If I mated a male sugar glider would it make him mean? I have looked and searched but some say definitely, while others say no way. Thanks for answering!

Dear Danielle!

If your sugar gliders are bonded before they breed, I would say that breeding them will not make them mean. It could, however, make them behave in a very protective manner that some people may misinterpret as being mean.

We have a few gliders around here (well, maybe more than a few) and some of them are so fun and outgoing with us until joeys start to come out of pouch. We know their individual personalities and nuances and some would prefer to be given space when they have young joeys. This is a natural instinct kicking in where their instinct overrides their relationship with their people.

Not all sugar gliders exhibit this protective behavior; some actually grab my hand as if they are trying to get me to come inside of the nest box to see their new babies.

So you see, some gliders want to show off, some gliders would prefer to be given space. This can be true of either males or females (or both) and you won’t know how it will go until you actually have the experience. Others will be happy for you to share the experience. It really is an individual thing.

If you do let your gliders breed and they do exhibit a protective behavior, then give them the space they are asking for. I think it is really important that you keep their stress levels down, particularly when breeding them. Once the babies are old enough, many will revert to their pre-parenting nature.

Keeping Pets Safe while Renovating
by Lisa

Taking on major renovation projects has always been of concern to me because of the “kids”. My “kid core” is comprised of 7 adult sugar gliders, one big dog, and our newest family member Maxine, a 7 year old Himalayan cat. Like many homes, we keep a variety of compatible pets and with each brings a challenge to the process of renovating the space.

I had a recent contact from a lady who was having some work done at her house. While in her home, a worker opened the glider cage to peek in and then did not secure it. Without going into further detail, there was an unhappy ending for one of her sugar gliders. Good news is that she has found a new friend for the lonely glider.

With the popularity of 'stay-cations' this year, I've noticed a lot of people seem to be using their time to take care of some long awaited home-based projects in preparation for the holidays. I've seen folks doing all sorts of home projects, including painting homes, refinishing hardwood floors, replacing windows, etc. so I thought this might be a good time to share a few recommendations for keeping our curious pets safe and sound during any sort of remodeling project.

Watch for these issues particular to sugar gliders:

1) If remodeling a kitchen, make sure you have access to refrigeration to keep fresh foods on hand for your sugar gliders. We humans have lots of alternatives for sourcing food, but your gliders need access to their special diet which often requires refrigeration. The good news is small "dorm room" fridges are fairly inexpensive if you need an alternative to your own fridge to store glider goodies.

2) If having electrical work done, make sure it doesn’t impact your refrigeration or if in cold climate, the heat in the glider room. "Roughing it" can be fun, but remember your glider really wants to be in an environment that is between 70 and 85 degrees. A sugar glider's body temp is only 2 degrees different from yours; if you are uncomfortable, so is your sugar glider.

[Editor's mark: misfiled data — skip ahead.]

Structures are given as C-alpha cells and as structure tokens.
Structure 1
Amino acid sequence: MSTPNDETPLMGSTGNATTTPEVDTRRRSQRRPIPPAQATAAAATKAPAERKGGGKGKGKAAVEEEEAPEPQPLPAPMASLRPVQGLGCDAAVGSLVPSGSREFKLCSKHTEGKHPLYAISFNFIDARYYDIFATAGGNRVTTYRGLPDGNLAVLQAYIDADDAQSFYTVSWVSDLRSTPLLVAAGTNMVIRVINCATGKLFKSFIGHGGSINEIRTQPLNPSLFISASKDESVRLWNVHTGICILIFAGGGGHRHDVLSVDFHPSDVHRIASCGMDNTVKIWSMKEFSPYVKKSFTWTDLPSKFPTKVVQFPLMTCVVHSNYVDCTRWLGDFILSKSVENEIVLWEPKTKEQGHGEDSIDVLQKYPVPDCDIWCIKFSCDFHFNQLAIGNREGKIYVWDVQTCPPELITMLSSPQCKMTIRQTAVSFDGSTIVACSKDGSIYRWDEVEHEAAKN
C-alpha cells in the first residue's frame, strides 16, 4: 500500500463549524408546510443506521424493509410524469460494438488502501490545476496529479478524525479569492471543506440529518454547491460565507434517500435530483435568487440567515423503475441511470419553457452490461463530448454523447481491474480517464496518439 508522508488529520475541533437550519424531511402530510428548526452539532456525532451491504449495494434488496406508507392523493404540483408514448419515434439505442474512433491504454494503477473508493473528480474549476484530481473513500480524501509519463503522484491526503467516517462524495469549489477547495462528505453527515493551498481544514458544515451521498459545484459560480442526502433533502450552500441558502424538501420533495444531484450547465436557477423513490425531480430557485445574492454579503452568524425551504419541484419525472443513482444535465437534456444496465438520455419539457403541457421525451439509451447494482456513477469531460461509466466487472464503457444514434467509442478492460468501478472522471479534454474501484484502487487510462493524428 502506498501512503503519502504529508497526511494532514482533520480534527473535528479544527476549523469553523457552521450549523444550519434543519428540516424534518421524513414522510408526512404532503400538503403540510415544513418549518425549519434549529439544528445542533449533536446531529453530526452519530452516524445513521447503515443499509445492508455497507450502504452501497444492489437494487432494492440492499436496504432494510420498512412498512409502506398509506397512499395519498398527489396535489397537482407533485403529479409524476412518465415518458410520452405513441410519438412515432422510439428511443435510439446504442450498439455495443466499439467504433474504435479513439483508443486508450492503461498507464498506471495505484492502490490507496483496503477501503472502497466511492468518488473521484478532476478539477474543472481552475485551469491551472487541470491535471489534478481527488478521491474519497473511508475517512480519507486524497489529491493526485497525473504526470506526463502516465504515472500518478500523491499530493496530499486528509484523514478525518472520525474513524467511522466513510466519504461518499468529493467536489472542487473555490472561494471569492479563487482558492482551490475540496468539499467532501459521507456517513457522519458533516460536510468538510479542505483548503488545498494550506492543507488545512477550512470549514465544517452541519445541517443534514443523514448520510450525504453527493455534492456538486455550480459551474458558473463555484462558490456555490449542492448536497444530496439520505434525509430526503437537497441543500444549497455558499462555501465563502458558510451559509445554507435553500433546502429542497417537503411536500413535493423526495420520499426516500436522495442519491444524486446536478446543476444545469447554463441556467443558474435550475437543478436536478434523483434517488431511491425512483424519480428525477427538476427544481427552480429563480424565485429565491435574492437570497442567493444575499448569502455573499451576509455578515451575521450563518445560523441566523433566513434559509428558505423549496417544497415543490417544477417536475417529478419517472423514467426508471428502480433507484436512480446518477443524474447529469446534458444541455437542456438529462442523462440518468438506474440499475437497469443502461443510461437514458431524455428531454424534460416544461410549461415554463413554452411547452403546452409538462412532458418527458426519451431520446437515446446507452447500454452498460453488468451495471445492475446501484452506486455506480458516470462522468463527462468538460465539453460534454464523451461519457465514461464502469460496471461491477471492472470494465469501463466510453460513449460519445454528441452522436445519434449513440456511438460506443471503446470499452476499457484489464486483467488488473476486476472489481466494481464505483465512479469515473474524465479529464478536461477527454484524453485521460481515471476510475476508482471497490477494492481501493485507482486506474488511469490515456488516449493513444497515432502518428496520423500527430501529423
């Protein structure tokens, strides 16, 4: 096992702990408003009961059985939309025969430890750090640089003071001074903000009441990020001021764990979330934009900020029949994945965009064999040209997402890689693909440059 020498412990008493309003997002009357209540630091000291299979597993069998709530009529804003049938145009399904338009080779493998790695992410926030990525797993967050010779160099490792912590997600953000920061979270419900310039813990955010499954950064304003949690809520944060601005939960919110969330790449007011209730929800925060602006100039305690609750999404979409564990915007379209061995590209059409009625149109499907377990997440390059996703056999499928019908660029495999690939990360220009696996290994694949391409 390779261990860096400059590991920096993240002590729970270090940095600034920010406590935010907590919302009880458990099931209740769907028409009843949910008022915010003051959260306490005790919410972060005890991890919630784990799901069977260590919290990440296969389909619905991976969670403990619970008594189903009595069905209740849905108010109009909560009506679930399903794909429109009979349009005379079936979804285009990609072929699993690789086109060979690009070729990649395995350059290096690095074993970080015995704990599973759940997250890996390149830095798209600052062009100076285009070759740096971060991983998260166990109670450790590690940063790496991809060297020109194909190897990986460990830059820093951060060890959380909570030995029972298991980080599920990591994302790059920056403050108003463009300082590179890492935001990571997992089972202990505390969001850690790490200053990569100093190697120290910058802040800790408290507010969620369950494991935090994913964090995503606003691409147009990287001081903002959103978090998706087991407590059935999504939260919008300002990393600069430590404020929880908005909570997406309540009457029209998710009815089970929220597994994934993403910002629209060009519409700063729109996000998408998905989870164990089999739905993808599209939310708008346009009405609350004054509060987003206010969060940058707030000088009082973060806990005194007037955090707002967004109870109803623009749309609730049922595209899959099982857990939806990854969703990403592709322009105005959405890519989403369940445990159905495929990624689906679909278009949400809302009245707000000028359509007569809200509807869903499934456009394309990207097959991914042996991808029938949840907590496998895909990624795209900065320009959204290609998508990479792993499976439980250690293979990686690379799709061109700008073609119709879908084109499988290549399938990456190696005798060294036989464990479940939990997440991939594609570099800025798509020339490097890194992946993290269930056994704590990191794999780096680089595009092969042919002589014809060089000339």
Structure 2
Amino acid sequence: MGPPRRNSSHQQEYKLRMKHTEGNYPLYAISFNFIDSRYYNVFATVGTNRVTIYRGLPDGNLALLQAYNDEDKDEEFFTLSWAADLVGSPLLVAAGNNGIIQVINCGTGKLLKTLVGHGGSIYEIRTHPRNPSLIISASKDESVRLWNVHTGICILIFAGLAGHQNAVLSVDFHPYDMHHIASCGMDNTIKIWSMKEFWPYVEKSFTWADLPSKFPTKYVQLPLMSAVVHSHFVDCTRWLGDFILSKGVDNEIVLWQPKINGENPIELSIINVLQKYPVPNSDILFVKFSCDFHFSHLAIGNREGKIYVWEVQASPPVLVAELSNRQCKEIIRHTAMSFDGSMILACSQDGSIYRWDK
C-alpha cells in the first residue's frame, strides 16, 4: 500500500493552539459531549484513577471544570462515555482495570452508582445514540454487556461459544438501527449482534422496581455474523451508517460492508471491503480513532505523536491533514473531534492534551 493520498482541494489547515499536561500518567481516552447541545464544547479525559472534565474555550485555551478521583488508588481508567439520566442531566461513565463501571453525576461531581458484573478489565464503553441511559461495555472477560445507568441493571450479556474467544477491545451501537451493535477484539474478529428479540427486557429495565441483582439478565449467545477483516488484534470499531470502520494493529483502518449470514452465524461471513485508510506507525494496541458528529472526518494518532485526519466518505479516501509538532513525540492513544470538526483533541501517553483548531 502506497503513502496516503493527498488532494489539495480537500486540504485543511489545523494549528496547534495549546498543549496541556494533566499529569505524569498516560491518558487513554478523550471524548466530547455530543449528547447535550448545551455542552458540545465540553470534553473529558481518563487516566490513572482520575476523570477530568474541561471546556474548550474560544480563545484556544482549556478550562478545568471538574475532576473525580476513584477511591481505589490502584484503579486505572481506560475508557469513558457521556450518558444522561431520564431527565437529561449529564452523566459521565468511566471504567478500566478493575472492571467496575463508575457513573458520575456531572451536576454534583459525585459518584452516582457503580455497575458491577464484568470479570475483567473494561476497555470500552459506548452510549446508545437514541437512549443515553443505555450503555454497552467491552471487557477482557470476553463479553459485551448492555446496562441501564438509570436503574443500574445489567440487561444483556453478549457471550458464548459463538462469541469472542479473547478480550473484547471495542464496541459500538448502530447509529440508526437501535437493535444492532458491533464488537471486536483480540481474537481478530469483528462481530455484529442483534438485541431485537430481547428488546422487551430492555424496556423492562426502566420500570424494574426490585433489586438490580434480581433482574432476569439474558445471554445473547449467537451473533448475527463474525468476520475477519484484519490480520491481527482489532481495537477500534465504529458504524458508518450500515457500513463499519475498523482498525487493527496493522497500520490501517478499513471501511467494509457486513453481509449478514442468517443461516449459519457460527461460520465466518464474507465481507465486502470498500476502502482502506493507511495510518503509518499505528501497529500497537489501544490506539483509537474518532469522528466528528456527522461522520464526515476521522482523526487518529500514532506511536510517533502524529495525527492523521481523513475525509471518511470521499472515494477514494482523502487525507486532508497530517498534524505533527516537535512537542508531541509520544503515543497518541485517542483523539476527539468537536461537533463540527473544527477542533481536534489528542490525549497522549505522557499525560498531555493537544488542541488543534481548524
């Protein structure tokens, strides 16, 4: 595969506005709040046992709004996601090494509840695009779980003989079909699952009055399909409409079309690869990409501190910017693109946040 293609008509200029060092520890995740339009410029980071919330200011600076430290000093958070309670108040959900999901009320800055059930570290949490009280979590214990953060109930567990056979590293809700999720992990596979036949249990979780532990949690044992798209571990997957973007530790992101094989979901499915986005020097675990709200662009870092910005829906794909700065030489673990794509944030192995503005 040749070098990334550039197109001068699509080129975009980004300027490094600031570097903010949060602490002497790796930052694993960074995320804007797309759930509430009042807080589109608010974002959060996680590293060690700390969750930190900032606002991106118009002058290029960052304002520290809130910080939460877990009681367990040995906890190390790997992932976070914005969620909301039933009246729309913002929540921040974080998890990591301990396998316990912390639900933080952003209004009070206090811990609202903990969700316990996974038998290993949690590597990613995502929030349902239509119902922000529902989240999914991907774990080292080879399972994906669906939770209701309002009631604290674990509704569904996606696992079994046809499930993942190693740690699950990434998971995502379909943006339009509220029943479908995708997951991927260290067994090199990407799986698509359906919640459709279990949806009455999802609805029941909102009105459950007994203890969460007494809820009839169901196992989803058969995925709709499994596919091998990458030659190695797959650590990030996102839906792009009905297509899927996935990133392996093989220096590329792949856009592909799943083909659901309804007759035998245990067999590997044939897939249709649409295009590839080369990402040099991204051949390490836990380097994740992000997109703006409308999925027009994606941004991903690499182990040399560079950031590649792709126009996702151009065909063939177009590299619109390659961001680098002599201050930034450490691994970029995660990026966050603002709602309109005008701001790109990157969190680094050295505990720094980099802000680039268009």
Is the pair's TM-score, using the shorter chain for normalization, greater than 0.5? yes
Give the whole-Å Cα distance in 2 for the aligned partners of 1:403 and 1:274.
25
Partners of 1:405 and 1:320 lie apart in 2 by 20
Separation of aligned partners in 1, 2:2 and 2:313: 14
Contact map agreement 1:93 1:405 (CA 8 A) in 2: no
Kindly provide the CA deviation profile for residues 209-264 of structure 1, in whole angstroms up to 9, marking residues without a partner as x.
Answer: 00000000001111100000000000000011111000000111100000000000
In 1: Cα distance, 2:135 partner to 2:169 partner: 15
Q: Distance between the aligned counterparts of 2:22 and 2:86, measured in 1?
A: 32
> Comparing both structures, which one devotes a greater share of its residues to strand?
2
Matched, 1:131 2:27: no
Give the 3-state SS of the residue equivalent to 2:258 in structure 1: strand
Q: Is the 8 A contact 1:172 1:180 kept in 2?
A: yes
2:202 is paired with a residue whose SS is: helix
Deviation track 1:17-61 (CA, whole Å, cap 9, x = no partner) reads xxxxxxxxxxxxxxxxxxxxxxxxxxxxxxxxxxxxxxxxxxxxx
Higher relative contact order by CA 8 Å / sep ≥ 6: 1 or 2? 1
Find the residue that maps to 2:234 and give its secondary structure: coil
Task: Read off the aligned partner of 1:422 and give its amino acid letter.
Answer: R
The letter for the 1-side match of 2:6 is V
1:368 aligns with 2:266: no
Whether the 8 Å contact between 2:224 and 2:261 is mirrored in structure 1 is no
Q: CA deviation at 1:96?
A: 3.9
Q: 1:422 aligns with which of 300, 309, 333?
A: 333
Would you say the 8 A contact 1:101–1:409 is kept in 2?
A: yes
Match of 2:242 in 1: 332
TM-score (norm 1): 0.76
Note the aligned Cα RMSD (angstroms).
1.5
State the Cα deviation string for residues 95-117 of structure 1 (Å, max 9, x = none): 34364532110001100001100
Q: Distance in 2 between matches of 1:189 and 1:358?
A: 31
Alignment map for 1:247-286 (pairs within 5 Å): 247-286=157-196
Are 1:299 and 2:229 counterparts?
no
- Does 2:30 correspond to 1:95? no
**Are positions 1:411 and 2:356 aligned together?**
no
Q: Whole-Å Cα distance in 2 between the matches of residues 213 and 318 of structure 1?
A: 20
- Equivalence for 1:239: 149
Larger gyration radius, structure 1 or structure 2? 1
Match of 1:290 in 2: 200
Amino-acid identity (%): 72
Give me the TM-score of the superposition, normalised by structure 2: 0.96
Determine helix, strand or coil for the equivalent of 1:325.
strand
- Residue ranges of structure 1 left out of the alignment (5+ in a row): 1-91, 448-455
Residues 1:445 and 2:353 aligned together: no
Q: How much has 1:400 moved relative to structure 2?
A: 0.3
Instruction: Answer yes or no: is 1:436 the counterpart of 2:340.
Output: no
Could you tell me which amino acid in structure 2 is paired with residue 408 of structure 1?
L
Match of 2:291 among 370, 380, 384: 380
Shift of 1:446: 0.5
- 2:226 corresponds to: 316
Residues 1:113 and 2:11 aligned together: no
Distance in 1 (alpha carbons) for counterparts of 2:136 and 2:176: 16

3) Make sure your work crew does not just help themselves to a peek in cages that seem uninhabited during the day, because the gliders are all fast asleep in their sleeping pouch. They probably won't open a cage they see a bird in because they know what to expect from that experience; not so with a sugar glider that wakes up suddenly and is scared by the presence of an "unfamiliar tree".

And in general, for all pets, including gliders:

4) Protect your pets from excessive sanding and demolition dust. Close them up in a distant room or other end of the house and make sure the work area is sealed to keep construction dust inside.

5) Protect your pets from excessive and out of the ordinary noise. Playing classical music in the room they are in seems to relax pets who are shut in another room and may have anxiety about that.

6) Protect your pets from fumes emitted from cleaners, paints, solvents and other re-finishing chemicals. Close off any vents in the room, particularly if you are painting a room with an air return vent. It is important to protect your pets from fumes that may be experienced from paints, varnishes and other finishes.

7) Make sure your pets are not able to take themselves for a walk when workers leave doors open. When you have contractors coming in and out doing demolition and reconstruction, doors are nearly always left open. Workmen are not going to close doors with every entry and exit because they are usually carrying something.

We often learn valuable lessons the hard way and I hope this advice helps you avoid any unnecessary trauma on yourself or your pets. Renovating in itself has its challenges. One hazard of kitchen renovation could easily be human weight gain if you've taken out your refrigerator and stove. The temptation of fast food could impact that svelte waistline. So do your self a favor and eat from the glider fridge! While I'd pass on the mealworms, the fresh fruits and vegetables, yogurt and eggs all make great snacks. Sugar Gliders do eat a very healthy diet after all!

'Til next time, in good health for you and your sugar gliders!

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That's it for this month's GliderVet Newsletter. I hope you liked what we had to offer! If you have any stories, questions, pictures, suggestions for topics - anything glider - you would like to share or see covered in the GliderVet newsletter, please send them here.

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Viva La Glider! Arnold

SunCoast Sugar Gliders